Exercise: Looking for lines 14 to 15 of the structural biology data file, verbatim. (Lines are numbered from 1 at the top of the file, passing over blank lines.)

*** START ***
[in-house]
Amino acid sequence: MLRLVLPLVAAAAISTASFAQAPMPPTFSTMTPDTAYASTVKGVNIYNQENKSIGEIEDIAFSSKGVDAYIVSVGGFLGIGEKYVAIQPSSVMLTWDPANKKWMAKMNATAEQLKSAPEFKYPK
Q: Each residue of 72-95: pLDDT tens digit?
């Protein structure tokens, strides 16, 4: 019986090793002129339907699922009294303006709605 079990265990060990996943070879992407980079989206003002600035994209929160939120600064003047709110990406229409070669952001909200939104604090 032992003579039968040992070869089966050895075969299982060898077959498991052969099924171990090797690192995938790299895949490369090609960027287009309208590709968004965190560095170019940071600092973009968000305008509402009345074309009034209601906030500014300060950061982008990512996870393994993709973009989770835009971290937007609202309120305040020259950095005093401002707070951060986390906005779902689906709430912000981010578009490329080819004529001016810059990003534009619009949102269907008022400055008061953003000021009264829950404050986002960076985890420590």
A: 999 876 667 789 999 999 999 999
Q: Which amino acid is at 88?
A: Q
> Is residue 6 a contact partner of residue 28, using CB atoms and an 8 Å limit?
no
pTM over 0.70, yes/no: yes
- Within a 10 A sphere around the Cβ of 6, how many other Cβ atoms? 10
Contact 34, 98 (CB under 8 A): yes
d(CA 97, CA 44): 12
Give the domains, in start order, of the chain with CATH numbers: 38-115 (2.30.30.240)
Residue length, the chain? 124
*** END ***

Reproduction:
Give the domains, in start order, of the chain with CATH numbers: 38-115 (2.30.30.240)
Residue length, the chain? 124